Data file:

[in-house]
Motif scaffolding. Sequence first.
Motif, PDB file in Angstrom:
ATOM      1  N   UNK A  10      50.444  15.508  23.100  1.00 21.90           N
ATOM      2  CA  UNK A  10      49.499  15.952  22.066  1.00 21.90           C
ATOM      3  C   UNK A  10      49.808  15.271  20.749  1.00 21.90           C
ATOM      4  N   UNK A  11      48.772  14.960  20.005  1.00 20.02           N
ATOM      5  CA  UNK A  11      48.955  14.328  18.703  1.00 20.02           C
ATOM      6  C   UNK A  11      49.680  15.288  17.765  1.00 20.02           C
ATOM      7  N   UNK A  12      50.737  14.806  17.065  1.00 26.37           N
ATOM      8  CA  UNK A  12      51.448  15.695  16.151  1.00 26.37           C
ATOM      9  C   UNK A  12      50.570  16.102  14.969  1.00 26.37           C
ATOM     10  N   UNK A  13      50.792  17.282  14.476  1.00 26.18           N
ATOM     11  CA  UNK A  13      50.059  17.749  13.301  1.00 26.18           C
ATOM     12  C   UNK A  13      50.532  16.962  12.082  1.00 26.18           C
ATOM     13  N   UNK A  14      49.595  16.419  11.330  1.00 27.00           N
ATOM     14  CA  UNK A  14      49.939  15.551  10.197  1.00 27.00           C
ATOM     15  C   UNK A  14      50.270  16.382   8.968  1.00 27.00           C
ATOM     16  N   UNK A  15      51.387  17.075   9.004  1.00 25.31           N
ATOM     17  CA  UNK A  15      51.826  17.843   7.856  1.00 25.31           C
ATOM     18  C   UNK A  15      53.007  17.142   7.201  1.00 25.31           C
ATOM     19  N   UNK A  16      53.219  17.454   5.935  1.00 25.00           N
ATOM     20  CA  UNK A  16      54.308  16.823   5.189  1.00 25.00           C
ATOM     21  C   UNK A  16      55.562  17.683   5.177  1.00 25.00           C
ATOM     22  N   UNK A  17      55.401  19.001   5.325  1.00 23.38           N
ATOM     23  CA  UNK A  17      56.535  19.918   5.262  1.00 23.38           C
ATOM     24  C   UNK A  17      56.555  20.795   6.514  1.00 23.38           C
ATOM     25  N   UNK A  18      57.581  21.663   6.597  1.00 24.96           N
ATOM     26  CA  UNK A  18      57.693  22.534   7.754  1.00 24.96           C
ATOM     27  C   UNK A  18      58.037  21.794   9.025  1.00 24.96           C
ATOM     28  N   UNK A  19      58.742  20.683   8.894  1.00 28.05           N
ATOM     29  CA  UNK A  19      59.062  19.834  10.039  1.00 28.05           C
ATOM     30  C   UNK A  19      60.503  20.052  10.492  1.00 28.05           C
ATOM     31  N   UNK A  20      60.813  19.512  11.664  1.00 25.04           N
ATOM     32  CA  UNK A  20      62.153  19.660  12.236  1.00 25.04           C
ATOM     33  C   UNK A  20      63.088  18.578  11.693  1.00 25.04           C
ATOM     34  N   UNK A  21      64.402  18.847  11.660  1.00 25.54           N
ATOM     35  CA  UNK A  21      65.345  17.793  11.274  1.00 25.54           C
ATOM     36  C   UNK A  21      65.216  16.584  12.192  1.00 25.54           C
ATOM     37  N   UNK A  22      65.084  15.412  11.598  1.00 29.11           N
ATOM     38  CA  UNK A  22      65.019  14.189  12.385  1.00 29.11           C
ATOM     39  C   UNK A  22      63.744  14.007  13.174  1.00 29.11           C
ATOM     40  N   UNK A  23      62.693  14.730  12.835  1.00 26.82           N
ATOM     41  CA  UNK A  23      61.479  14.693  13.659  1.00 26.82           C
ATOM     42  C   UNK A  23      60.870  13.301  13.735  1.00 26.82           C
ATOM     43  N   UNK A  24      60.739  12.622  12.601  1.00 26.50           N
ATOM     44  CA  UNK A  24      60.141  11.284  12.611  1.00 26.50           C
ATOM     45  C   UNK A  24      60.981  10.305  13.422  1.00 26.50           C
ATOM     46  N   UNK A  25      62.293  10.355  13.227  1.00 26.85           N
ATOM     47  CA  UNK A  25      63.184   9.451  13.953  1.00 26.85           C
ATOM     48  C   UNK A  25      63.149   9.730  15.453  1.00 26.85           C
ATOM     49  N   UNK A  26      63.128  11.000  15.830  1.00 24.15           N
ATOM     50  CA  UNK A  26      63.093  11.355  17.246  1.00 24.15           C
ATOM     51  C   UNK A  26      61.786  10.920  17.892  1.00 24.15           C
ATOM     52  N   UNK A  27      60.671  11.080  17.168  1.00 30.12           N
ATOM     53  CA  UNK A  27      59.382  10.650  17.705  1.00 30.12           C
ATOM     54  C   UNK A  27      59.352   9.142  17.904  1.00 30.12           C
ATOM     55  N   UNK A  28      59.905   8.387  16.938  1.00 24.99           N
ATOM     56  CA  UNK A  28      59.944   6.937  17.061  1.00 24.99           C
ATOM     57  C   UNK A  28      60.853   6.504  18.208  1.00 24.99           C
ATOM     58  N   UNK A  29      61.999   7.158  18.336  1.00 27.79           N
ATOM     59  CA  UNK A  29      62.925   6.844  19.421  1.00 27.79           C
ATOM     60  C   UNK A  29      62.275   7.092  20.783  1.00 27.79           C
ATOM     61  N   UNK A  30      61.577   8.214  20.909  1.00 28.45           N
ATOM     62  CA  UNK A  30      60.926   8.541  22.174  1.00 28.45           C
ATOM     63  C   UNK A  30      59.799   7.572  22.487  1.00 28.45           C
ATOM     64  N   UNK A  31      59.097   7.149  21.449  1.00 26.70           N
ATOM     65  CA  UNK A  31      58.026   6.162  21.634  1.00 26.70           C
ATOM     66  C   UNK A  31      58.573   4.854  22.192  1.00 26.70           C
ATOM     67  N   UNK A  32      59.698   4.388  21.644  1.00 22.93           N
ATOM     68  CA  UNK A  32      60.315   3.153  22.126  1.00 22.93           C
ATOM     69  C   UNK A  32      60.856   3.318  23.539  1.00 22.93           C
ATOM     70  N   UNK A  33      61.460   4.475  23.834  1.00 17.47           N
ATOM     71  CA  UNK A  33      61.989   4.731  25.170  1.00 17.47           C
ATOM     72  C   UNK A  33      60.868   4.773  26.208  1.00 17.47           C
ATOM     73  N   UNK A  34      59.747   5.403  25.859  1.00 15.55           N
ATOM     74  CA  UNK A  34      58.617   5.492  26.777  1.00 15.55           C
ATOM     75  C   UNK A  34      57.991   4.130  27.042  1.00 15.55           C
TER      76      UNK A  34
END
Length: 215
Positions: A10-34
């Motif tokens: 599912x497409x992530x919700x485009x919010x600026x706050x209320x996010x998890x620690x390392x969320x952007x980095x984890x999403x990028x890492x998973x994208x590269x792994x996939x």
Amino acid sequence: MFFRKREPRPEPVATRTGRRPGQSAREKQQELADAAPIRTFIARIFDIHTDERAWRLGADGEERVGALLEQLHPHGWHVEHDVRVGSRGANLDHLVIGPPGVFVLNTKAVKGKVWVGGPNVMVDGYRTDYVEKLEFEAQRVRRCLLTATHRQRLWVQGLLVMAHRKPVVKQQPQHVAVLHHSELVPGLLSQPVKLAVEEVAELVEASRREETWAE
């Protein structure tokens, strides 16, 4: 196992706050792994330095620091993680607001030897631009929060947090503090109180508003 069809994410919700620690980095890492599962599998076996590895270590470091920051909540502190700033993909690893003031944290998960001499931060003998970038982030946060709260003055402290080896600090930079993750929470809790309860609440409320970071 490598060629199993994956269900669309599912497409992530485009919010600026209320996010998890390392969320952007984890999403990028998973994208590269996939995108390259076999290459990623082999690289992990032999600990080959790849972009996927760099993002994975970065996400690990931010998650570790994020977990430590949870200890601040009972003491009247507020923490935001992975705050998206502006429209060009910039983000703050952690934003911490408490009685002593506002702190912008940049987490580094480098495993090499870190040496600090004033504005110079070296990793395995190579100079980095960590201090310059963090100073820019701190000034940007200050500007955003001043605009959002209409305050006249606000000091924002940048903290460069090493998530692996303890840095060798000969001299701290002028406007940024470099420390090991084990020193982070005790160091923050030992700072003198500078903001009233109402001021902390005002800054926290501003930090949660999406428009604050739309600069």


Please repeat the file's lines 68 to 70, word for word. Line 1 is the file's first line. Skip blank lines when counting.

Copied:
ATOM     65  CA  UNK A  31      58.026   6.162  21.634  1.00 26.70           C
ATOM     66  C   UNK A  31      58.573   4.854  22.192  1.00 26.70           C
ATOM     67  N   UNK A  32      59.698   4.388  21.644  1.00 22.93           N